Costa Rica suffered from Rust Fungus on coffee plants in 2013, bringing down production by about 10%. The image at the top of this email shows the effect of coffee rust. Thankfully the steps taken to bring the disease under control have increased the later 2014’s harvest.

Typically, the Tarrazu region’s harvest is between December and March when small micro farms under the name Cafecoop co-operative under the name Hermosa (meaning beautiful or gorgeous in Spanish) send their beans to auction. We decided to bag some of the last beans of the 2013-2014 harvest due to the popularity of these beans last time.

You probably won’t recall the taste of these beans from the first time around, however if you did, you may notice a small difference in flavour. The taste of coffee is impacted by weather and the conditions it is exposed to so minor weather variations in the weather mean minor variations in taste of the beans. We also decided to roast these beans in a slightly darker style than the first time around.

Roasting and tasting notes

The beans are labelled Viennese roast, but they are really something between a Viennese and an Espresso – slightly darker than a typical Viennese but not quite an Espresso. We decided to take it slightly over the Viennese to bring out the richness of the bean without overwhelming it with smokiness. This brought out a bittersweet taste to the sweet, mellow, citrus beans. It makes for a delicious, rich espresso.


• Sweet
• Mellow
• Mild citrus notes
• Honey
• Spicy after-taste

What do you think?

Let us know what you think in our Tumblr comments, on Twitter,or on our Facebook page. Buy here.

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Image bourbon coffee plant by Marcelo Corrêa via wikimedia commons

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Why we sell whole beans and not ground

After flirting with the idea of offering ground coffee in 2013, we decided after a small trial run not to do so.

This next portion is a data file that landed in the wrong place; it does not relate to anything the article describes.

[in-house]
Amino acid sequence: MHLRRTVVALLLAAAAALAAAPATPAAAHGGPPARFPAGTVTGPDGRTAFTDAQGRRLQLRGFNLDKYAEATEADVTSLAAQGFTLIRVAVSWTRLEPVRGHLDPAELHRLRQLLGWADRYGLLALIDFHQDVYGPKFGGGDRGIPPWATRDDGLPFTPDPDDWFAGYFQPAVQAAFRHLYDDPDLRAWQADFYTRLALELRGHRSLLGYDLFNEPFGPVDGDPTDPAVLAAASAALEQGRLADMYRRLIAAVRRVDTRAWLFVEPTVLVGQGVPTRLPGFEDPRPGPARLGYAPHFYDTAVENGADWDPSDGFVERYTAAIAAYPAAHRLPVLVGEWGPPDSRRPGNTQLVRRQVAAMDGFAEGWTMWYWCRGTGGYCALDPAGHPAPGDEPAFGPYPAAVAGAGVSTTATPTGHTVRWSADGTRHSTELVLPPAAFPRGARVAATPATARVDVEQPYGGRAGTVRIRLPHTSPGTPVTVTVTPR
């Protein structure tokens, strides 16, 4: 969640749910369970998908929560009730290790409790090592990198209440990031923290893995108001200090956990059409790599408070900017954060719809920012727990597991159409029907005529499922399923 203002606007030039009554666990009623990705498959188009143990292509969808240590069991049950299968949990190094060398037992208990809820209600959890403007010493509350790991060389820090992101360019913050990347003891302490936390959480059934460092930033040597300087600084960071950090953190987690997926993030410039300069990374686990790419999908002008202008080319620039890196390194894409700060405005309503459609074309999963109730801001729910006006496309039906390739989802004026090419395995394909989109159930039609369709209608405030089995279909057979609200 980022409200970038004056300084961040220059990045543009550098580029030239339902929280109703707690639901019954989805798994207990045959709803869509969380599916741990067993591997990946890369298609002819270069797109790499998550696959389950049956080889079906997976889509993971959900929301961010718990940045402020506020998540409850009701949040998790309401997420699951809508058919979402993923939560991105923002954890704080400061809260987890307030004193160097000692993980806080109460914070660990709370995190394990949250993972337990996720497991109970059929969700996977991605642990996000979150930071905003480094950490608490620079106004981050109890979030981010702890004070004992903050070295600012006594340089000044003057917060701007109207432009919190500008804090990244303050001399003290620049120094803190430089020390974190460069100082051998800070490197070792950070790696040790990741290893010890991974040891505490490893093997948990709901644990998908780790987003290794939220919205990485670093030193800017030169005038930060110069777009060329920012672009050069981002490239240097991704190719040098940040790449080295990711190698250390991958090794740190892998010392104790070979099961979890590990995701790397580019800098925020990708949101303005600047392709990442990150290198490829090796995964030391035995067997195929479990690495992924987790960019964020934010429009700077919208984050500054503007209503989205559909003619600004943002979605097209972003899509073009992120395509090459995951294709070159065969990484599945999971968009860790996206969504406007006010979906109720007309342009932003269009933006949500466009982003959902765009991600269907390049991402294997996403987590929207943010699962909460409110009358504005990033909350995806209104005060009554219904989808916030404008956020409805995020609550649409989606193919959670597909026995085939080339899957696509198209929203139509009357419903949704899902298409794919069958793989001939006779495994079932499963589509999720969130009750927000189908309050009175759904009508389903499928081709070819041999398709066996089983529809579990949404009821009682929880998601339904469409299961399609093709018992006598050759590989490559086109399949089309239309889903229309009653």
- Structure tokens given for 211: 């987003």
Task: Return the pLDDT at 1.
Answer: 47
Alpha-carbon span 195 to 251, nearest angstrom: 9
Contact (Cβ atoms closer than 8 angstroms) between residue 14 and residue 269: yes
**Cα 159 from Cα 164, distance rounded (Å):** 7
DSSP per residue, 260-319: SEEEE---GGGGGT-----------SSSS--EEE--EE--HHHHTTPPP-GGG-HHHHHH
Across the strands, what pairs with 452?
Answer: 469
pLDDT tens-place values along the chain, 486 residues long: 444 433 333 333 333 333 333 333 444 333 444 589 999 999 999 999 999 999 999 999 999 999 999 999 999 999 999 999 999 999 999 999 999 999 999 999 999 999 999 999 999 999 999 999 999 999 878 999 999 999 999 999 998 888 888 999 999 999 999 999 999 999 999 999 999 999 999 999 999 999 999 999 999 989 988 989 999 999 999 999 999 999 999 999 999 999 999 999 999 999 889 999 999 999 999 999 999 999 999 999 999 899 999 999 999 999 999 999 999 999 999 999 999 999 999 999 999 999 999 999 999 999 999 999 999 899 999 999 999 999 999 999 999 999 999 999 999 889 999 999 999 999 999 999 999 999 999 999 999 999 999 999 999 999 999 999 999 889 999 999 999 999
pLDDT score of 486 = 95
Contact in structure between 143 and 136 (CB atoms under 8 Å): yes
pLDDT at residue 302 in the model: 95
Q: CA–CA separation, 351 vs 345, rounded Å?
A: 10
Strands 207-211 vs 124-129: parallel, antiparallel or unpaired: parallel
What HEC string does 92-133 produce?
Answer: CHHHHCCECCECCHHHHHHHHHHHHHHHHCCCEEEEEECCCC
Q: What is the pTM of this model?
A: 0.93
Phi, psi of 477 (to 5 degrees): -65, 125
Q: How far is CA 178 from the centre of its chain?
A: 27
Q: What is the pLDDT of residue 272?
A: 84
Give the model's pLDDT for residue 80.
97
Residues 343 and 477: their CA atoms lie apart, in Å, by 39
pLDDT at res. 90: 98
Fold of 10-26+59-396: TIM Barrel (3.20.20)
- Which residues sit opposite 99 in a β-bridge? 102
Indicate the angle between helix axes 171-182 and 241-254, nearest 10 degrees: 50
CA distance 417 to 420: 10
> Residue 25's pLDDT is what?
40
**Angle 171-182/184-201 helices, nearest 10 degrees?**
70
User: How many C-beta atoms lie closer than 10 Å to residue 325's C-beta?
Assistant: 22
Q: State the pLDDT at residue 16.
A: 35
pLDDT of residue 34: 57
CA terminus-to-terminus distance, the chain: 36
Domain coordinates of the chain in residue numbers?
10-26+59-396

Although this made anti-business sense on paper as the pre-ground market is bigger than whole bean, and being a new business where every new sale mattered (and still does), this might seem like coffee snobbery. However we’re coffee lovers, not coffee snobs!

After roasting and degassing, the coffee bean is ready to be broken down and the goodness extracted into water. Breaking down that bean earlier than the point of brew exposes the chemicals to air, and the oils dry off. The longer it is left ground, the more of its goodness it is losing even if sealed in an airtight or one-way valve bag. A few hours after being ground, the coffee will never be the same again.

We are proud of the coffee we roast and the service we give. We don’t want this to be negated by giving you sub-standard coffee. We specially roast our coffee to order so you get it super fresh, pre-grinding it means you would lose that benefit.

We want to encourage you to grind your own so we spent time looking at cheap and capable grinders for all types of brews. Until recently we had in stock the Hario Skerton Mill hand grinder from Japan for £34.95 which met the criteria along with being a worthy investment that won’t break the bank. It will do all grinds from fine espresso to coarse filter. Our only negative point is the small burrs which take a few more turns to grind the beans compared to more expensive larger burr grinders. But the trade-off is a 75-90% price difference and stronger arm muscles.

Once you grind your own you will never look back. The taste difference is noticeable and when combined with the different types of beans available, a whole new world of great tasting coffee is opened up to you.

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Coffee Bulking

We don’t and will never bulk out our coffee with other substances

Something that has recently caught our attention here at The Roasting House is ‘coffee bulking’. Coffee bulking is when coffee suppliers bulk out coffee with cheaper substances. These include but aren’t limited to soil, twigs, corn, flour and anything you could imagine reasonably hiding in a bag of coffee. Coffee bags are opaque so when they are sitting on a shop shelf, all you have is the feel and the smell which gives no indication that anything but coffee is in the bag.

Coffee prices have gone up this year and are predicted to continue to rise in 2015 (due to a bad 2014 harvest in the world’s largest coffee producer, Brazil and surrounding areas) and this is the reason for this dirty trick.

It is more commonly done to ground coffee as it is harder to tell if adulterants have been added when it is all ground down. Ground coffee is a bad idea from the start but I understand why people buy it. There is the convenience and how much better can coffee be by grinding your own? The answer is fresh and much better but that discussion is for another time.